Understanding the GPS

Science corner brings you to grip with a satellite-based navigation system that has been around for nearly four decades –The Global Positioning System

Launched in February 1978 by the US. Department of defense to aid military groups for positioning and timing information, the GPS has since become the primary method of tracking objects almost anywhere in the world.
 

The global positioning system is a configuration of 24 or more satellites flying 20,350km above the surface of the earth.
The Air Force launches new satellites to replace aging ones when needed while the new satellites offer upgraded accuracy and reliability.

How The GPS Works

  1. GPS satellites broadcast radio signals providing their locations, status, and precise time {t1} from onboard atomic clocks.
  2. The GPS radio signals travel through space at the speed of light {c}, more than 299,792 km/second.
  3. A GPS device receives the radio signals, noting their exact time of arrival {t2}, and uses these to calculate its distance from each satellite in view.
  4. Once a GPS device knows its distance from at least four satellites, it can use geometry to determine its location on Earth in three dimensions.
Source: gps.gov
 
Let’s make it simpler!

The global positioning system is the mechanism for the continuous tracking of the position and time of a moving object on earth. This process could continue as long as there is no dense structure surrounding the moving object to obstruct GPS reading.

The GPS (global positioning system) is basically made up of three different units. They include

The Satellites 


33 satellites, 31 in orbit. It is these satellites orbiting the globe that is the focal point of GPS communication. 

3-4 satellites are grouped in six orbitals to transmit messages concerning the position and location of a moving device.

When these satellites transmit a signal at different frequencies, the transmitted data is interpreted to determine the location and position of the GPS receiver.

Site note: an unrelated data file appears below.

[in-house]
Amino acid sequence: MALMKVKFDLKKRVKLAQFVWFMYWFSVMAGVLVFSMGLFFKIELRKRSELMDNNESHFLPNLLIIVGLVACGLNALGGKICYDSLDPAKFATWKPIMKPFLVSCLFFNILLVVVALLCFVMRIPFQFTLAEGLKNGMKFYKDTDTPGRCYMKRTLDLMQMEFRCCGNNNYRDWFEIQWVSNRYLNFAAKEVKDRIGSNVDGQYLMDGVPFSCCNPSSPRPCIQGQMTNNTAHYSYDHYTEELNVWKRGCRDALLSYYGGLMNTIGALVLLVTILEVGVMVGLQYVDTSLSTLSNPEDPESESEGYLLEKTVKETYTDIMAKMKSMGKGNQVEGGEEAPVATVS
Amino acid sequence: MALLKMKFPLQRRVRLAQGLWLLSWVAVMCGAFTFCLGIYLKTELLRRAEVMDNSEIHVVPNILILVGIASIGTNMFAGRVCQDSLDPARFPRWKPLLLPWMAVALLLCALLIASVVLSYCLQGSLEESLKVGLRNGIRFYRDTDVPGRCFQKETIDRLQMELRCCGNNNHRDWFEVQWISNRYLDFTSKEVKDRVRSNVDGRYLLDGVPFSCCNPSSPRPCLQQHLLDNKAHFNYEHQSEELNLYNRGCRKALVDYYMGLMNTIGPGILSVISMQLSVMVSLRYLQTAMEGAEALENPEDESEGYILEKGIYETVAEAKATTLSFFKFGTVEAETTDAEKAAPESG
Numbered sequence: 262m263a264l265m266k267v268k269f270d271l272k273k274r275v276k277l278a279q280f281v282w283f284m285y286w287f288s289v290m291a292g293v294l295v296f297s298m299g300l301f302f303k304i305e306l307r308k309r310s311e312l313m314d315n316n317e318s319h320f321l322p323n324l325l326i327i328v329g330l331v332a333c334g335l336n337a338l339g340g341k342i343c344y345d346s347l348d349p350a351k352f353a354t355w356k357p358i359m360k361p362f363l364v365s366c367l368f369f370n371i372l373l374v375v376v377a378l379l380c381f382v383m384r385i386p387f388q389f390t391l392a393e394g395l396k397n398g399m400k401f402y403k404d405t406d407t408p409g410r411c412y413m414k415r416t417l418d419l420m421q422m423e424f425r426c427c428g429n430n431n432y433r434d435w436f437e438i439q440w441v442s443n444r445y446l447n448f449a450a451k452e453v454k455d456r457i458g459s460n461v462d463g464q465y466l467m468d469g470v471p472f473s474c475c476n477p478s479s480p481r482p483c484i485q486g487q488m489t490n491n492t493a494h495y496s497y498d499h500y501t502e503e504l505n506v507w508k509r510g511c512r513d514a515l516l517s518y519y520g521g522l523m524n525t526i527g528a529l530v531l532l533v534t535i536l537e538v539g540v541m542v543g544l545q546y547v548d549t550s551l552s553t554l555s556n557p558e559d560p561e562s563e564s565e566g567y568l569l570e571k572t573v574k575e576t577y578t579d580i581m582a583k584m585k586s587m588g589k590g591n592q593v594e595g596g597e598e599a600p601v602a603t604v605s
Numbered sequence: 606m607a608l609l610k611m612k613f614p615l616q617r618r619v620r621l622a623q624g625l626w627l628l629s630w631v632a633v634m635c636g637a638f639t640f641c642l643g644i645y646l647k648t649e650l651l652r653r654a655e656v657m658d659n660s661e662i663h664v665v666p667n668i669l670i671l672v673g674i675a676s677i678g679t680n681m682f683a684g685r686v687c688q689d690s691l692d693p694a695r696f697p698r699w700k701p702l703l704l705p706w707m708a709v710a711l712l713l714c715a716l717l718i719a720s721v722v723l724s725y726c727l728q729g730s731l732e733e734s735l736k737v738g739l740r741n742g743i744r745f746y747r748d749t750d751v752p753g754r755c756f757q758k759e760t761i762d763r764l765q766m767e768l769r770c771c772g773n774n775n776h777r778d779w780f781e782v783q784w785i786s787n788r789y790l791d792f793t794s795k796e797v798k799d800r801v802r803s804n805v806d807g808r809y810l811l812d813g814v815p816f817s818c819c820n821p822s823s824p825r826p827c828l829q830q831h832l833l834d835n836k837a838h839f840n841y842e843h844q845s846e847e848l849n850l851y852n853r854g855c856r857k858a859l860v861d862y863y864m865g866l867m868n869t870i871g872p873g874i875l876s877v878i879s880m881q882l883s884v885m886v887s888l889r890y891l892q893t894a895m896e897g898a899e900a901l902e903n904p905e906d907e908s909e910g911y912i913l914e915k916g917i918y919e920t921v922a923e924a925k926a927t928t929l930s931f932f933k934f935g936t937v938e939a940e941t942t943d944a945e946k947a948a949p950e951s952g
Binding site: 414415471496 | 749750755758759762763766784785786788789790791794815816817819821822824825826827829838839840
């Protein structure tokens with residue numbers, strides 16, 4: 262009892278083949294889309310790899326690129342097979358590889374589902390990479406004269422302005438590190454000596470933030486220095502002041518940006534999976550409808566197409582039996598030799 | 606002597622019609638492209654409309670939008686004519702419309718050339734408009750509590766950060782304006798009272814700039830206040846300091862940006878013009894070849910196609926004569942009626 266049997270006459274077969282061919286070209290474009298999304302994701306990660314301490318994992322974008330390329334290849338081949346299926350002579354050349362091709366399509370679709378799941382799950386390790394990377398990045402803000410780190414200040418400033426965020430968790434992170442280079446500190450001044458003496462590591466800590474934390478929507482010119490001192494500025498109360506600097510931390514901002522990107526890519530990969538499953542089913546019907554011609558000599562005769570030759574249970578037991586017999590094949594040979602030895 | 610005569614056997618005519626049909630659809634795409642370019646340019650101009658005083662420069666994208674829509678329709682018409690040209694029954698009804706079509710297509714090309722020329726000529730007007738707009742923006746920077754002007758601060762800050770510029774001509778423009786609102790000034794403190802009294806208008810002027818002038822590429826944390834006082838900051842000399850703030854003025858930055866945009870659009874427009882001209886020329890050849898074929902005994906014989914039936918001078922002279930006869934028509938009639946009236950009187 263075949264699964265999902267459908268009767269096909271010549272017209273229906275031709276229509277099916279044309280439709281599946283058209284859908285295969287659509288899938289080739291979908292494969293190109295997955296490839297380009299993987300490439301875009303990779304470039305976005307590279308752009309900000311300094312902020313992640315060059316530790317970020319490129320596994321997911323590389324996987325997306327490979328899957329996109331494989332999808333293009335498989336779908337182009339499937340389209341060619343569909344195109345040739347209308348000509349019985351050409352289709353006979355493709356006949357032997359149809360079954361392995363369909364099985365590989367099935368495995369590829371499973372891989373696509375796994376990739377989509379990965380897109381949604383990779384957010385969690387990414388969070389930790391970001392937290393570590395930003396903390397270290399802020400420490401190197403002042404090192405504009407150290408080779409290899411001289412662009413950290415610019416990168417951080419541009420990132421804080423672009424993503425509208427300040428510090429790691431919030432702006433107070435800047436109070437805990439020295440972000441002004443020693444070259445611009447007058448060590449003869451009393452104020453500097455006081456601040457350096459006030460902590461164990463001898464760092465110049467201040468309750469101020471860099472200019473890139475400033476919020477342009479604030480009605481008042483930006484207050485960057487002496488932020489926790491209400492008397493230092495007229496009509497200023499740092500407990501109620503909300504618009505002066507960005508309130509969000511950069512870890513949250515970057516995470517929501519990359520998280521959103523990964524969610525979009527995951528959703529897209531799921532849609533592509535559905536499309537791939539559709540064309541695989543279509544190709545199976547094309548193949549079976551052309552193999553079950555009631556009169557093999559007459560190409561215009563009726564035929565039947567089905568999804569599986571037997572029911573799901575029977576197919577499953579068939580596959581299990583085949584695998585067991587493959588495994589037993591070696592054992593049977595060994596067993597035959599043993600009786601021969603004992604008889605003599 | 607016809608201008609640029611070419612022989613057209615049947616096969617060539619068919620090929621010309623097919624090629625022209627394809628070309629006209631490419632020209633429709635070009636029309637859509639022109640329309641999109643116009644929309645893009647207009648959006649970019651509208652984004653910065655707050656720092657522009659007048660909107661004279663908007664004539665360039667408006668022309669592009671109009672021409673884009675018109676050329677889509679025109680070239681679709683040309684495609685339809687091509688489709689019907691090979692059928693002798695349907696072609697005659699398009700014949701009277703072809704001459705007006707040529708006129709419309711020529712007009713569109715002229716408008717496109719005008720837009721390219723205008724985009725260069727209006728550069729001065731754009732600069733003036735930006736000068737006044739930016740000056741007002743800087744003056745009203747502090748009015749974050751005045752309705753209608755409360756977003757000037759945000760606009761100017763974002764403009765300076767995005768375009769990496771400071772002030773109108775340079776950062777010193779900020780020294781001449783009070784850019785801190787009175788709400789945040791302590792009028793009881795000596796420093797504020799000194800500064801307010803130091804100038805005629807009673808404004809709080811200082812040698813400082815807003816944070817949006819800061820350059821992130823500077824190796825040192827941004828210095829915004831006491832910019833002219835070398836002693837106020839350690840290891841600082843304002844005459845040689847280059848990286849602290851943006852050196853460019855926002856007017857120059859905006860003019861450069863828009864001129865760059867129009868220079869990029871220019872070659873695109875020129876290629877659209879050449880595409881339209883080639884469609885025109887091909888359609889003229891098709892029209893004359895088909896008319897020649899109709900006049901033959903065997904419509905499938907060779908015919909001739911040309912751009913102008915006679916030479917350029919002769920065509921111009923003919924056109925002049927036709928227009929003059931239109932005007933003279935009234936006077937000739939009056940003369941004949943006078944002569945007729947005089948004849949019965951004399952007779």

The GPS Control

This is the master Global Positioning System control station based at the Schriever Air Force Base in Colorado, USA. This segment regularly updates signals and orbital status, which keeps the system functioning.

The GPS Tracking Unit/Receiver

These are the various devices used to track the precise location and position of a moving vehicle or person at intervals.

Practical Application Of The GPS Trackers

  • Scientists use trackers to study the activities of wildlife animals. For instance, vaginal implant transmitters mark the location where pregnant females give birth.
  • Advanced smartphones have inbuilt GPS tracking ability and can be used to find your way while you journey.
  • Tracking devices are used by employers to monitor employees who use GPS enabled cell phones.
  • A tracking device (ankle monitor) is placed on an arrested suspect who is out on bail.
(Ankle monitor placed on a suspect)

 

  • GPS trackers on cars have helped the Police locate the exact position of stolen vehicles.
  • GPS trackers are used by parents to track the movement of their kids. These tracking devices send automatic alerts to parents when a child visits a non-appropriate location.
We’re done!
 
Exercise
 
List 5 other practical applications of a GPS tracker.

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Wilfred Michael
Wilfred Michael is a tech lover with a passion for writing articles in the field. He is diligent, creative, friendly and easy going with folks who share the same goals or work in the same space. He is also religious and has a little thing for soccer. Wilfred is a big fan of the blockchain technology!

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